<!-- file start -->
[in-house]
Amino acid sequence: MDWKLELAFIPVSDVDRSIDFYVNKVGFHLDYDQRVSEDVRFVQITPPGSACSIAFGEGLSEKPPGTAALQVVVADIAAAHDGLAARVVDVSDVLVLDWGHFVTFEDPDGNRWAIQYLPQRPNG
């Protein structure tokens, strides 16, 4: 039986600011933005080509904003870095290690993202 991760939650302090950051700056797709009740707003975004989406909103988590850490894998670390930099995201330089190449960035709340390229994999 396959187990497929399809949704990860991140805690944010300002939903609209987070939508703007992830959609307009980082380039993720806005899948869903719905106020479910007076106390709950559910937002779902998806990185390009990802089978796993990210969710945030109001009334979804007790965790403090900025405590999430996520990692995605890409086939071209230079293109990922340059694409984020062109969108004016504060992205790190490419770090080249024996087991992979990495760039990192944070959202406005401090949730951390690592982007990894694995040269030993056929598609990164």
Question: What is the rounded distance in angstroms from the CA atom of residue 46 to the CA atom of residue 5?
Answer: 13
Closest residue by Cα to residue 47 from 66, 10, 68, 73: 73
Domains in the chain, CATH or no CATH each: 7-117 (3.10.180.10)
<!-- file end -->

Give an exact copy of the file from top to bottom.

[in-house]
Amino acid sequence: MDWKLELAFIPVSDVDRSIDFYVNKVGFHLDYDQRVSEDVRFVQITPPGSACSIAFGEGLSEKPPGTAALQVVVADIAAAHDGLAARVVDVSDVLVLDWGHFVTFEDPDGNRWAIQYLPQRPNG
């Protein structure tokens, strides 16, 4: 039986600011933005080509904003870095290690993202 991760939650302090950051700056797709009740707003975004989406909103988590850490894998670390930099995201330089190449960035709340390229994999 396959187990497929399809949704990860991140805690944010300002939903609209987070939508703007992830959609307009980082380039993720806005899948869903719905106020479910007076106390709950559910937002779902998806990185390009990802089978796993990210969710945030109001009334979804007790965790403090900025405590999430996520990692995605890409086939071209230079293109990922340059694409984020062109969108004016504060992205790190490419770090080249024996087991992979990495760039990192944070959202406005401090949730951390690592982007990894694995040269030993056929598609990164």
Question: What is the rounded distance in angstroms from the CA atom of residue 46 to the CA atom of residue 5?
Answer: 13
Closest residue by Cα to residue 47 from 66, 10, 68, 73: 73
Domains in the chain, CATH or no CATH each: 7-117 (3.10.180.10)